It’s never too late to create

Raimundo Gaby, artist and university professor from Brazil, epitomizes how you are never too old to follow your passions and cultivate your creativity

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3 min read
Miriana Dante

Raimundo Gaby is a professor of business management at the Culinary Institute of America, the largest culinary institute in the world. It is a prestigious academy based in Hyde Park, New York.

A Columbia University graduate, expert in wines, Raimundo boasts numerous awards for his work. After years dedicated to catering in some of the top restaurants in Manhattan, he now focuses on teaching, but not only.

In fact, three years ago he began to cultivate his passion for aesthetics, becoming a productive artist with a very particular and personal style, although he has never studied art formally.

Born in Brazil, he spent his childhood in a small town in the Amazon area. “We didn’t even have a high school, I had to cross the river in a canoe to go to school,” he says.

He moved to the capital to attend high school and university; then came the opportunity to spend a semester in the U.S., where he met his now former wife. When they discovered that they were going to have a baby girl, Raimundo decided to leave Brazil, despite the fact that he was very attached to his family and did not speak English.

His life changed: instead of continuing to study agriculture and following the dream of generating a positive ecological impact on the forests of the Amazon, which were being damaged by the felling of trees to obtain arable land, he began to look for numerous jobs to support his daughter.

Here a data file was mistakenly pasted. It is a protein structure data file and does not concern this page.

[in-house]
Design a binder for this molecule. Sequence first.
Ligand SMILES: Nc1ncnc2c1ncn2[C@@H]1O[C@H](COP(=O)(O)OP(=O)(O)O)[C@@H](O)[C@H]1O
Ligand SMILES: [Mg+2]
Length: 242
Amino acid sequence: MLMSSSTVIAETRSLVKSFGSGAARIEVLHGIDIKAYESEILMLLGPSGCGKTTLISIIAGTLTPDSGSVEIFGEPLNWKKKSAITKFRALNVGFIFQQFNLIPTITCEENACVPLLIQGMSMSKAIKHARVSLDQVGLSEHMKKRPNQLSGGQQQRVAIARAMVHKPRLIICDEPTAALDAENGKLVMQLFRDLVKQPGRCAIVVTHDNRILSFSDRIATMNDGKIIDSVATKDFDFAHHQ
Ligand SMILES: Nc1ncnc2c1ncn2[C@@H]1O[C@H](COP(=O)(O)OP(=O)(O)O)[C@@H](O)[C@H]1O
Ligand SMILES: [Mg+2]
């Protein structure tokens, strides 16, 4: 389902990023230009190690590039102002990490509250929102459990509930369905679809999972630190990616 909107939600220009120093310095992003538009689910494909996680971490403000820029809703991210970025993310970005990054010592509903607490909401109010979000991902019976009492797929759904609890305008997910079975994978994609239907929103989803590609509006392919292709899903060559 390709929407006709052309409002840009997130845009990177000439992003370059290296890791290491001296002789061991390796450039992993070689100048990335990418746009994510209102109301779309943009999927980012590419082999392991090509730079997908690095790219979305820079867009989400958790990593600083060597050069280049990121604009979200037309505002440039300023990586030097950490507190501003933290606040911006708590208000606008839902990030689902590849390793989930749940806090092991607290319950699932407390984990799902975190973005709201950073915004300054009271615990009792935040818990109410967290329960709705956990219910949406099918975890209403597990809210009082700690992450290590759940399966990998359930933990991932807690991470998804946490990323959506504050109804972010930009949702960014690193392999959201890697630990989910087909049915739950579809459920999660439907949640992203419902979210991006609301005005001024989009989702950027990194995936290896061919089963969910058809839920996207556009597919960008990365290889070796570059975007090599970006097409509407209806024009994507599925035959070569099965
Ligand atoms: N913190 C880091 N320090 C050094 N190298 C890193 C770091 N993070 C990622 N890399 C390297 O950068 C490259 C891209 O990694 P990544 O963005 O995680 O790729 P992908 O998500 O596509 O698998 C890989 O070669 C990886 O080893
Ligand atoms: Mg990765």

“My mom had a restaurant in Brazil, so I knew how to cook. I got three jobs; it was a busy period, but even in that case, art helped me, music in particular. I was playing for a local band; this helped me to be centered. Then I started studying in the U.S.”

Over time he found space to cultivate other passions such as photography, with which he experimented a lot. A lover of macro photography, he initially focused on flower photos.

Then the Covid-19 pandemic hit, and in a very short time, Raimundo lost seven members of his family, including his father and brother.

“The school where I was teaching closed, so I stayed at home, like everyone else, and couldn’t sleep. I knew I could paint, so I started doing it. In the last three years I have produced a lot, art has been a way to let my creativity come out and to stay healthy, this is what I continue to believe.”

Raimundo passionately describes his art, explaining how at first it was completely intuitive. It was based only on connecting with a greater, inexplicable energy, but it was what he needed. He explains that he feels that his inspiration comes from something that transcends things.

He began to carry a notebook with him, so when he had ideas he could draw them and keep them in mind. His works consist of abstract drawings mixed a little with realism, 3D products, with the use of resin, glass, stones...

“I haven’t really been able to embrace my art before I was about 40; that’s why I feel like, having painted a lot, racing against time, making up for all the opportunities I didn’t have.”

Among his works, there is not one that he cares for more than others. The only difference lies in the effort and time he invests in producing them, which is always different.

Gaby also speaks of humility, stating that for him it is fundamental. He paints to touch people’s lives and to leave a legacy to his great-grandchildren, concrete works of art that can remain.

“If I can give one piece of advice to all artists in every field, it is to minimize expectations about the proceeds or people’s perception of your art. Put all your love into it.

”Don’t even set ambitions on success, although society imposes it as a model. Success is already in the path.

“It took 52 years to get the chance to produce my art, even economically. Now the people who believed in me and who have always considered me an artist are happy, and so am I.”

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